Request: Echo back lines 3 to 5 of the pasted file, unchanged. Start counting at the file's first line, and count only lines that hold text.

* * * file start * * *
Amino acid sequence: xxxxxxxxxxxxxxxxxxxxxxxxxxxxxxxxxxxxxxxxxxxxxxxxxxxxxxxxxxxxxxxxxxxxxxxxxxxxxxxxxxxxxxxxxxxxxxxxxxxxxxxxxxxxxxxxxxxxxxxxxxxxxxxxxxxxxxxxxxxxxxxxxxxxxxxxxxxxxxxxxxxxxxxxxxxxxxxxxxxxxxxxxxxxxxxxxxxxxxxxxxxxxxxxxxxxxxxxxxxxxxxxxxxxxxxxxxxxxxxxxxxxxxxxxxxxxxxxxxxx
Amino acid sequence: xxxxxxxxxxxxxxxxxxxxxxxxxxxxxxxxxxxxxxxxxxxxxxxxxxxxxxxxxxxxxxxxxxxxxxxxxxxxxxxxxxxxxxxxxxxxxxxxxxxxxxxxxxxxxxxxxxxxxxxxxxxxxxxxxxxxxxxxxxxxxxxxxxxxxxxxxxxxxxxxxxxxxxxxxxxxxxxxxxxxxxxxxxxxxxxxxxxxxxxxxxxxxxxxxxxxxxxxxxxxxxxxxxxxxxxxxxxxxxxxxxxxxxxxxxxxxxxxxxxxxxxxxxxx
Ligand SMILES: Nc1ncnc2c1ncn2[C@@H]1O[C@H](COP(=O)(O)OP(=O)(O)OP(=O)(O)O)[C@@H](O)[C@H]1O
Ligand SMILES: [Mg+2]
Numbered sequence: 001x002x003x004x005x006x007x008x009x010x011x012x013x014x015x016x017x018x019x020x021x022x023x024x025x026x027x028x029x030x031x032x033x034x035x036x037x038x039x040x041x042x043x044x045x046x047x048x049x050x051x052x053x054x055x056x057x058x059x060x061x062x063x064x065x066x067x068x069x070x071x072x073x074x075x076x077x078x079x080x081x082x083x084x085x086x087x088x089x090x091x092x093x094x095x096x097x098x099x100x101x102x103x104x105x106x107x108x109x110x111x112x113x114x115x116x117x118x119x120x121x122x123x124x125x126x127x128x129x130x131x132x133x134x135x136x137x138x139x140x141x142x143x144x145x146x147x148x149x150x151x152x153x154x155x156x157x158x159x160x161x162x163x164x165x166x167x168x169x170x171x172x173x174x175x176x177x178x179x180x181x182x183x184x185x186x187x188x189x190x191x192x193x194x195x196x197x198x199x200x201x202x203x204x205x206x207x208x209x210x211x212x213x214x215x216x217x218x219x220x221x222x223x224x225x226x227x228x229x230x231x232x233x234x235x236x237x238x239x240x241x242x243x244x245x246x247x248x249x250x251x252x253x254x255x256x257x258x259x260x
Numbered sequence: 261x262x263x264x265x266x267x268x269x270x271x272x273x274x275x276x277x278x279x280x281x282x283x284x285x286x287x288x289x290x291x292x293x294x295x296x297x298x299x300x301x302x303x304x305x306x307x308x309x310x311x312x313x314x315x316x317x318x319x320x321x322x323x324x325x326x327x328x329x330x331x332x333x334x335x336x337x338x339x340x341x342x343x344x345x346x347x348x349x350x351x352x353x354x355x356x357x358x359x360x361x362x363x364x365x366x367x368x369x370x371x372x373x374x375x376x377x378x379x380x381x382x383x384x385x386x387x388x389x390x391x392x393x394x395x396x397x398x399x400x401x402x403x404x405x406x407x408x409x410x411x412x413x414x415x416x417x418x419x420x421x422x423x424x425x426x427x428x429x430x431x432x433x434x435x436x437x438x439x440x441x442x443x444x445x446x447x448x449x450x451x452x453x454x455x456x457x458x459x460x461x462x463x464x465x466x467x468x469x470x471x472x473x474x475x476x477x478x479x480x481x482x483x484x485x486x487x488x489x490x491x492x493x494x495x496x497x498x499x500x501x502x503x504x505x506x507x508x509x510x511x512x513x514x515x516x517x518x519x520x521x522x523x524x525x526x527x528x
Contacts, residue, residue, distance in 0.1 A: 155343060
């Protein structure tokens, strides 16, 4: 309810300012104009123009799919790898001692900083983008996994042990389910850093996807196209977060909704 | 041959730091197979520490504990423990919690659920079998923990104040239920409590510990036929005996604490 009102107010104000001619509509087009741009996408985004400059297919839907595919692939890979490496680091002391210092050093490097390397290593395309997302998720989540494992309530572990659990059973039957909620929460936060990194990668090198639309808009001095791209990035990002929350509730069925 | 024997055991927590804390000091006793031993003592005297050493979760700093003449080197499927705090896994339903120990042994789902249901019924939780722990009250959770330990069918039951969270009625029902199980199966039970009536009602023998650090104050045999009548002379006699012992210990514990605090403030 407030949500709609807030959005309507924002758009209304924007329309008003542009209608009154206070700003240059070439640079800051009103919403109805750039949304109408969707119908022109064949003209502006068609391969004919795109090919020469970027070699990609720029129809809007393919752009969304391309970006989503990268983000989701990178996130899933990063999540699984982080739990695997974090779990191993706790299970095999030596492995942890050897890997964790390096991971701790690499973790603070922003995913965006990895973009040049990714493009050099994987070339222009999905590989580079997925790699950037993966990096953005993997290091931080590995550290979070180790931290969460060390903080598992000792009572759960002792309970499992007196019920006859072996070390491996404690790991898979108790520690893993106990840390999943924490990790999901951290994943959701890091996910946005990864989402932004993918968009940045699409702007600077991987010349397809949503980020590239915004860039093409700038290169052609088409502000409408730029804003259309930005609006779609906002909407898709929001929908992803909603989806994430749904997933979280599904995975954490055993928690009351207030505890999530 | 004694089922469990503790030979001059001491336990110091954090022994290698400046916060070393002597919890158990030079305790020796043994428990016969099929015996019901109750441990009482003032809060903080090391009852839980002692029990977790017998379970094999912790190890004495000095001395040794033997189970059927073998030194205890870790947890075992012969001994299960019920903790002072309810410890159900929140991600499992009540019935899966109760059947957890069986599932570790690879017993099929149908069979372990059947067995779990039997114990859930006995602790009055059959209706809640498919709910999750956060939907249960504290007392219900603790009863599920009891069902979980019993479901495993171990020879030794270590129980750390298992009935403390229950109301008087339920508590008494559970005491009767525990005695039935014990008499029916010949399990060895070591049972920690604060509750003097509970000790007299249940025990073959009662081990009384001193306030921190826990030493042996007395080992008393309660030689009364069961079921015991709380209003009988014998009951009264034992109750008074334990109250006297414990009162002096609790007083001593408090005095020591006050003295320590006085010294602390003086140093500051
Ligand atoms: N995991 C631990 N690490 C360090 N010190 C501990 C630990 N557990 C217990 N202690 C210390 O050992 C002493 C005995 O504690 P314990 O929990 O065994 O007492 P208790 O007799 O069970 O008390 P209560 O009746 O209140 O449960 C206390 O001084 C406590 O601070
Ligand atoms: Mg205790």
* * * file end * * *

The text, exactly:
Ligand SMILES: Nc1ncnc2c1ncn2[C@@H]1O[C@H](COP(=O)(O)OP(=O)(O)OP(=O)(O)O)[C@@H](O)[C@H]1O
Ligand SMILES: [Mg+2]
Numbered sequence: 001x002x003x004x005x006x007x008x009x010x011x012x013x014x015x016x017x018x019x020x021x022x023x024x025x026x027x028x029x030x031x032x033x034x035x036x037x038x039x040x041x042x043x044x045x046x047x048x049x050x051x052x053x054x055x056x057x058x059x060x061x062x063x064x065x066x067x068x069x070x071x072x073x074x075x076x077x078x079x080x081x082x083x084x085x086x087x088x089x090x091x092x093x094x095x096x097x098x099x100x101x102x103x104x105x106x107x108x109x110x111x112x113x114x115x116x117x118x119x120x121x122x123x124x125x126x127x128x129x130x131x132x133x134x135x136x137x138x139x140x141x142x143x144x145x146x147x148x149x150x151x152x153x154x155x156x157x158x159x160x161x162x163x164x165x166x167x168x169x170x171x172x173x174x175x176x177x178x179x180x181x182x183x184x185x186x187x188x189x190x191x192x193x194x195x196x197x198x199x200x201x202x203x204x205x206x207x208x209x210x211x212x213x214x215x216x217x218x219x220x221x222x223x224x225x226x227x228x229x230x231x232x233x234x235x236x237x238x239x240x241x242x243x244x245x246x247x248x249x250x251x252x253x254x255x256x257x258x259x260x